You never know what Sunday crowds will be like. The common notion is that they will be stuffy blue-hairs, few and prim and too polite to laugh. We didn't have that this show. It was a small crowd, but it swelled with eight walk-ins, making for a much better audience than we had any right to expect. This is another no-name show, and we're happy if we have more than 15 people. These people were vocal and attentive. We can't ask for more.
Some theatre regulars were there. The house manager, with whom I coordinate the beginning of the first and second acts, was my wife from the murder play. Her husband is one of the highly regarded directors. He also runs the committee for choosing the debut plays competition. When we last met, he gave me the sales push to joining the committee. This time, he tries to get me to take over the committee next year, relieving him of the burden. I don't bite. He and others joke that I am the theatre at this point. They see my director stint as a potential spark to revive the theatre. I suppose my departure at the end of this play will hit them hard. I don't feel bad about that anymore. I'm no local-show Jesus.
One tech slip occurred when the stage lights were turned on much too early for a show transition. The light guy immediately apologized as soon as intermission started. I told him he was due for a couple of mistakes to balance out the sound problems.
We had a much bigger issue outside. The actor bathrooms were flooding into the sidewalk on the other side of their wall. They were horrified. While the first play ran -- my play, the play I want to listen to every day -- I called around to get a contact for the building. While the show continued, someone arrived to address the situation. We didn't see them, but we could tell someone was there. The actors can use the regular bathrooms at the back of the hall. They prefer to not be seen in costume offstage, but when you gotta go ...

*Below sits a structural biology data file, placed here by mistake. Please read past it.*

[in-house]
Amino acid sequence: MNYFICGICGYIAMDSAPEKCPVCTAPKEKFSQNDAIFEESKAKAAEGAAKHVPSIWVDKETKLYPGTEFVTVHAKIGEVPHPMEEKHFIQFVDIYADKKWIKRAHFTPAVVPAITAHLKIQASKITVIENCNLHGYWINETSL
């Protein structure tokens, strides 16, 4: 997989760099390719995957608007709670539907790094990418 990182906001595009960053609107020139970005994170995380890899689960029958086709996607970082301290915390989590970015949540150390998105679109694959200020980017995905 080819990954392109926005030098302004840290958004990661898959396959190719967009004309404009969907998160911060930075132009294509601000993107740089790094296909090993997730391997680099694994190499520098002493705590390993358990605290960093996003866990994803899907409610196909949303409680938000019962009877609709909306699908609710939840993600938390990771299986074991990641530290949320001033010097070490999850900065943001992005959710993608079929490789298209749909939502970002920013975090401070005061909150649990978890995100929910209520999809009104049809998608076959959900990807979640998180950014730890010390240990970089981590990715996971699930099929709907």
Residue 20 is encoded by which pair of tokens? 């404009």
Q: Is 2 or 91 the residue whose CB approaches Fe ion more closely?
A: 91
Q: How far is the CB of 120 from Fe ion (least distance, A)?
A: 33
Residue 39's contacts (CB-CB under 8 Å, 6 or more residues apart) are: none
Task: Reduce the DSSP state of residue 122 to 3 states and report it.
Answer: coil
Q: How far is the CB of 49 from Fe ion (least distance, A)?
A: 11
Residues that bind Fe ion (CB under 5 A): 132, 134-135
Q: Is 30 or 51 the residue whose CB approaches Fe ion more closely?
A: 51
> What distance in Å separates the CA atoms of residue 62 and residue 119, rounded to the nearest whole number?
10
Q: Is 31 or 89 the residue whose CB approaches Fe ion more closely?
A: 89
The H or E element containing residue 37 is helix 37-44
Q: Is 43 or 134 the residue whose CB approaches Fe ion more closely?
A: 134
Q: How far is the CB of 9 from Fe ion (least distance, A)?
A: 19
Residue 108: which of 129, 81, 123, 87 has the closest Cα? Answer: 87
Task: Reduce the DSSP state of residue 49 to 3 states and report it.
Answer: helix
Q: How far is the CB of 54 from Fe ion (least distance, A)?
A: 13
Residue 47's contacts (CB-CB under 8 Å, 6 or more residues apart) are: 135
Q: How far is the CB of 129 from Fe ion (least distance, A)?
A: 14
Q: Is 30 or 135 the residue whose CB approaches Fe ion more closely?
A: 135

My curtain speech was probably a bit quick. To make up for that, the mom actress went back to her old habits of extending her lines and adding vocal noises before speaking. We don't get "Rochelle will visit me. Rochell loves me." We get "Oooooohhhh, um ... Rochelle ... Rocheeeeelle loves me, and Rocheeeeelle will visit meeeeeeeee." She doesn't talk like this offstage. She's clear and bright and considerate in conversation. She's a smart cookie. But she's determined to make Mom a tragic caricature. She wanted to do Glass Menagerie this season and petitioned the script committee to choose it. I think she's trying to turn a 30-minute sitcom into Tennessee Williams.
She knew she screwed up. She didn't get the reactions she did Saturday, and I hope the time off (the blessed, glorious time off) will set in her head the clear results of listening to the director (oh hey, that's me).
Everyone else was good, and we ended again right at 2 hours and twenty minutes. It's not my doing that hits that mark each day. It's happenstance.
I got home before 6 and mowed the yard and put out snail bait. Your Sis called to say she's enjoying her unplugged cabin experience. I'm sprawling like a proper bachelor, but I did the laundry. I woke up to beat to run, and I plan to do two miles when I get home tonight.
Picture of the Day
This is the first look at Scarlet Johannsen as Black Widow, the Soviet spy who flirts and flights with Tony Stark. I watched Downey in Zodiac last night, and he's good as always.
The comic character traditionally looks like this:
I don't know where they got the Raggedy Ann curls.